When the time came it was a little tricky getting the bride into position on the bed, but once she was kneeling in the center of all her skirts the bed was hoisted by the men of the fahnlein while the women marched with pikes in front. The two folks carrying the back of the bed were so tall, the the two people in the front had to hold the front legs at shoulder height, so the bride did not just get marched in, she floated above the heads of the guests into the wedding. The groom loved it! The bed was a big hit with everyone involved, and folks talked about it for the rest of the weekend.

The woman hired to sing at the wedding got a big kick out of it, and approached Stephen the last weekend of faire about the bed possibly making another appearance. At the Reanissance Faire there was a variety act/finale show and when the cast of the faire came up on stage, the actor playing Merlin would decline to sit, no matter what the MC brought him to sit upon. So on the very last day when Merlin refused to sit she called for the landsknecht who marched our bed up on to the stage to quite a bit of applause. Afterwards, we got a few comments from departing cast on the great impression our bed made, but it being the last day of faire, everyone was spending what little energy they had left in packing up. Still, enough people stopped by to remark on the coolness of our bed.

In both cases the bed's appearance was really more for the insiders than it was for the visitor to the faire. In the first case it made a friend's special day even more special, and in the second it helped remove a little of the separation between us in the historical section of the faire, and the performers and cast of the faire. It gave us a chance to be good (if a bit silly) neighbors. I never would have guessed it of the bed.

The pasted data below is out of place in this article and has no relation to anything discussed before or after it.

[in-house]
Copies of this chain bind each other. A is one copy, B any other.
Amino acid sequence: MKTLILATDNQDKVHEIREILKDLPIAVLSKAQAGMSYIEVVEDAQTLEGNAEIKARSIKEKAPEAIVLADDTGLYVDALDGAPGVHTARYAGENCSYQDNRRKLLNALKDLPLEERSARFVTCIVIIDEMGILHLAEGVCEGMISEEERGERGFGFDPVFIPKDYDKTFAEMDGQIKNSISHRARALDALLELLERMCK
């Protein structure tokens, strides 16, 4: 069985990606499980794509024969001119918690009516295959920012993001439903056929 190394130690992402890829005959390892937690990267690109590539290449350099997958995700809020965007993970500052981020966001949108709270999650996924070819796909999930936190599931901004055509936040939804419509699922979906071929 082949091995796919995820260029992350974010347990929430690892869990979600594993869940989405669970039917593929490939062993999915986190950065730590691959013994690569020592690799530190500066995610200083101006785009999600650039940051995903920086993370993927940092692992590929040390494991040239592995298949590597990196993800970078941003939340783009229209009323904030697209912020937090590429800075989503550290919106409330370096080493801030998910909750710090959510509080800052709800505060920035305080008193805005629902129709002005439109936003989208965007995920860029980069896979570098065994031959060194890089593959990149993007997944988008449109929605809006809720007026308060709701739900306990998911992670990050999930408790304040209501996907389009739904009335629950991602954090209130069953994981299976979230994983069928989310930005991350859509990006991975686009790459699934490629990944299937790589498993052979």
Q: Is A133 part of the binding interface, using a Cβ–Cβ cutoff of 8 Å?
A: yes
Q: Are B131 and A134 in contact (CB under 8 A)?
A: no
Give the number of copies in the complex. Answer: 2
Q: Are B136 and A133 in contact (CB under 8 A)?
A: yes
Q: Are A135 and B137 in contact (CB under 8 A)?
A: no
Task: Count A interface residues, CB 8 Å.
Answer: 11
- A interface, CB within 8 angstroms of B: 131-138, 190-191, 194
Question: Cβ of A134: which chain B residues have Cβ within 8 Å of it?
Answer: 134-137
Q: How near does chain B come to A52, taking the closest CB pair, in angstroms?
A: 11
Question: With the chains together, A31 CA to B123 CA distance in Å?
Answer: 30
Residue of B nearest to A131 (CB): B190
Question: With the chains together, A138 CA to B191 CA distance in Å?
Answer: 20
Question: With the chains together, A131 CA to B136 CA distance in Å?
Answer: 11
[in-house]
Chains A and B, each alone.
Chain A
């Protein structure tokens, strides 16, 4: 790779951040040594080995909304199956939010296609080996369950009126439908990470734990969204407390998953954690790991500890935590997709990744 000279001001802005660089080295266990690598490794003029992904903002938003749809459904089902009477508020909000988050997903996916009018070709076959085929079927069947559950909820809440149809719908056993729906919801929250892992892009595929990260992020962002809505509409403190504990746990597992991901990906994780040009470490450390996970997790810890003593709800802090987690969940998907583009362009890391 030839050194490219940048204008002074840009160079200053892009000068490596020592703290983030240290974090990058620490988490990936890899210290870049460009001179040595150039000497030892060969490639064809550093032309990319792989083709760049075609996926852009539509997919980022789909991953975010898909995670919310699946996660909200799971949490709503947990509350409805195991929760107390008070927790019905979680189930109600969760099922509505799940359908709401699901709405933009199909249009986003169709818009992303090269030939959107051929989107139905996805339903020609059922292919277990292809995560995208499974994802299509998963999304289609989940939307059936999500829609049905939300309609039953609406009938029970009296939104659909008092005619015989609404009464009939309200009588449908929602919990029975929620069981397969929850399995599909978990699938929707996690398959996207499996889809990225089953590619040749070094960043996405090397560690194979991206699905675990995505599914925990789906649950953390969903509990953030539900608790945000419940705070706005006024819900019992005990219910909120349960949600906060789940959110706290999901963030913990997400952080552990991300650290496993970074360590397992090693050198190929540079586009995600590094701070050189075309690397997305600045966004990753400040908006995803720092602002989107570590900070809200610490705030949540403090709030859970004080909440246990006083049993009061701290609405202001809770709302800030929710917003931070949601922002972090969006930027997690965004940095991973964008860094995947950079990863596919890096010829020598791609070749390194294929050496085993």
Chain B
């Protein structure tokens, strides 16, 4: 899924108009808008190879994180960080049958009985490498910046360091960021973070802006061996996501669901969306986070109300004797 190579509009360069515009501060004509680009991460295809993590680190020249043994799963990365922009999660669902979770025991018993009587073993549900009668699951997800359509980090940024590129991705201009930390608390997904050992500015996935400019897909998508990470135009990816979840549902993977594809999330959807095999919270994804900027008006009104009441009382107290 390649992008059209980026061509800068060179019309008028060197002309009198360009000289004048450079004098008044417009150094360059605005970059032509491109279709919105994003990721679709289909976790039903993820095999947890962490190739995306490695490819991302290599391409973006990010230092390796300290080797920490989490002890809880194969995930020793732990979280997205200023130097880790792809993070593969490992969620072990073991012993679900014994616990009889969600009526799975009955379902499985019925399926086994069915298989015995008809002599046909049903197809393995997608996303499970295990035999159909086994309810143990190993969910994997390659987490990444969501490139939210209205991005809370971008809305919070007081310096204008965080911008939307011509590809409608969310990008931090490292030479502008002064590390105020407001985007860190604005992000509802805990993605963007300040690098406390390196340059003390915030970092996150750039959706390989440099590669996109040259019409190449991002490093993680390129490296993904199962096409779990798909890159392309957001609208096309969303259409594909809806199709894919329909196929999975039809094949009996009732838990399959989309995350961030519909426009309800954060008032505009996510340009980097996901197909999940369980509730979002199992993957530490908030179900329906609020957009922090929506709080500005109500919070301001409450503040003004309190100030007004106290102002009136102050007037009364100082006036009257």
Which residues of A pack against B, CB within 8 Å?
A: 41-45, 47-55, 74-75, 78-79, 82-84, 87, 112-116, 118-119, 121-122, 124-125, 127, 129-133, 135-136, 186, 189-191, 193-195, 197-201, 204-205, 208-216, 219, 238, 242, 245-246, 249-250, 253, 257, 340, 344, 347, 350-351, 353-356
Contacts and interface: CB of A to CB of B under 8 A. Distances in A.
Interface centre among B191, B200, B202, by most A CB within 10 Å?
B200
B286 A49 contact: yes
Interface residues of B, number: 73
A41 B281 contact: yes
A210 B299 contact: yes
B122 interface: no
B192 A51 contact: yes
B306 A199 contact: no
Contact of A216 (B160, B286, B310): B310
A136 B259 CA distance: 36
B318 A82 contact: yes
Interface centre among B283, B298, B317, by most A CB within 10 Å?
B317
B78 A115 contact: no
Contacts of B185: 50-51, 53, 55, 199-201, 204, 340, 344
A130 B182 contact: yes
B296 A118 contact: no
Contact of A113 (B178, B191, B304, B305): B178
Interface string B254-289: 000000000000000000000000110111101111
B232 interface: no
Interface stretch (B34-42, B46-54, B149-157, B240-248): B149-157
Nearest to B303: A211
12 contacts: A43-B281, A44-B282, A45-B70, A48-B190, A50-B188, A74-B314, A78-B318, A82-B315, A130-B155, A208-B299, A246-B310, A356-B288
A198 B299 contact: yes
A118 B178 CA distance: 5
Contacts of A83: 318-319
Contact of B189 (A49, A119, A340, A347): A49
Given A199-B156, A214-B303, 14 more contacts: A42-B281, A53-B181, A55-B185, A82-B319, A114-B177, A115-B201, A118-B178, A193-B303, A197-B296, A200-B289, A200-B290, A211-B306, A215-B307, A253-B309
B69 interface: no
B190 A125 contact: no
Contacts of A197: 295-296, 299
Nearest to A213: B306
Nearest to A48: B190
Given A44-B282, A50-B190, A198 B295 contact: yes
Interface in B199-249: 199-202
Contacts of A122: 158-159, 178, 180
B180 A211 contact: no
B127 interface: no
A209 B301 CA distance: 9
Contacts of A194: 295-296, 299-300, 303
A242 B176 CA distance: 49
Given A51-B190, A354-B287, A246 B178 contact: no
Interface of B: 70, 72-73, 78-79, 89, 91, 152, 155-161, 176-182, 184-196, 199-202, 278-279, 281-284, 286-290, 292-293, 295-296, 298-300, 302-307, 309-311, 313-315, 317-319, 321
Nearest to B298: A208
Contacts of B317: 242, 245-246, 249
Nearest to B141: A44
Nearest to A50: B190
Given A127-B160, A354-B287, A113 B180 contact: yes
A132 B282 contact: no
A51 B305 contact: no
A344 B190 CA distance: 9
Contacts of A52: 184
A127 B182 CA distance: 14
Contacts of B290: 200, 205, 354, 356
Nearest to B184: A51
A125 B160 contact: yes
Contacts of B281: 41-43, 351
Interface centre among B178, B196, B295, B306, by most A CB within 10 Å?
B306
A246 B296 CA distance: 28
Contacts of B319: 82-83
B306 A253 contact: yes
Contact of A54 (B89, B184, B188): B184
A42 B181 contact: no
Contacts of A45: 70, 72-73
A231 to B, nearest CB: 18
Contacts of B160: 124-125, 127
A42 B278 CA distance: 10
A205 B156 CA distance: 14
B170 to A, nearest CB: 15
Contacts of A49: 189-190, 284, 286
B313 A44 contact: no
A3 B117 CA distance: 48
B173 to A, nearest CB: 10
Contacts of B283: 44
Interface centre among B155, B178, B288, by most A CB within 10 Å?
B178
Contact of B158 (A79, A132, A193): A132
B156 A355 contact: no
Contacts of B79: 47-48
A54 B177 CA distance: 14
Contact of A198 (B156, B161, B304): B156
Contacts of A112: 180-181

Me and the dog enjoy a rare moment of quiet. Photo by Marc Andryuk

Read this entry on entry page

Friday, October 21, 2011

Am I a Living Historian?

Once, when I was 28 and unemployed I was confronted by my landlord in an awkward driveway encounter. It was the middle of the afternoon, when most adults are at work and on seeing me arrive at home to enter my apartment my landlord asked me what I did for a living. I told him I was a historian doing freelance work, mostly working for theater companies as a dramaturge. In reality I had just finished a stint as Production Manager of a Renaissance faire and was applying for any job I could find. I was doing a lot of history writing, but it was mostly for small stipends, and most real historians would look for the nearest vat of hot tar if they’d heard me say it. But my landlord’s reaction was mostly surprise, and definitely a higher level of respect. I look younger than I am, and I suppose one does rather expect historians to have grey beards and sit in armchairs while smoking pipes. So putting myself in the category of a learned academic meant that I was not going to be questioned about if I could pay my rent, or why I was returning home in the middle of the day.

I have been thinking about this recently because of all the stories about the unemployed who spent 20 years in the same industry but since they have been laid off have lost part of their identity. Can you call yourself a stockbroker if you don’t actually get paid to broker stocks? At the time what little money I had coming in was made by working in the field of history. But not everyone who works in the field of surgery is a surgeon.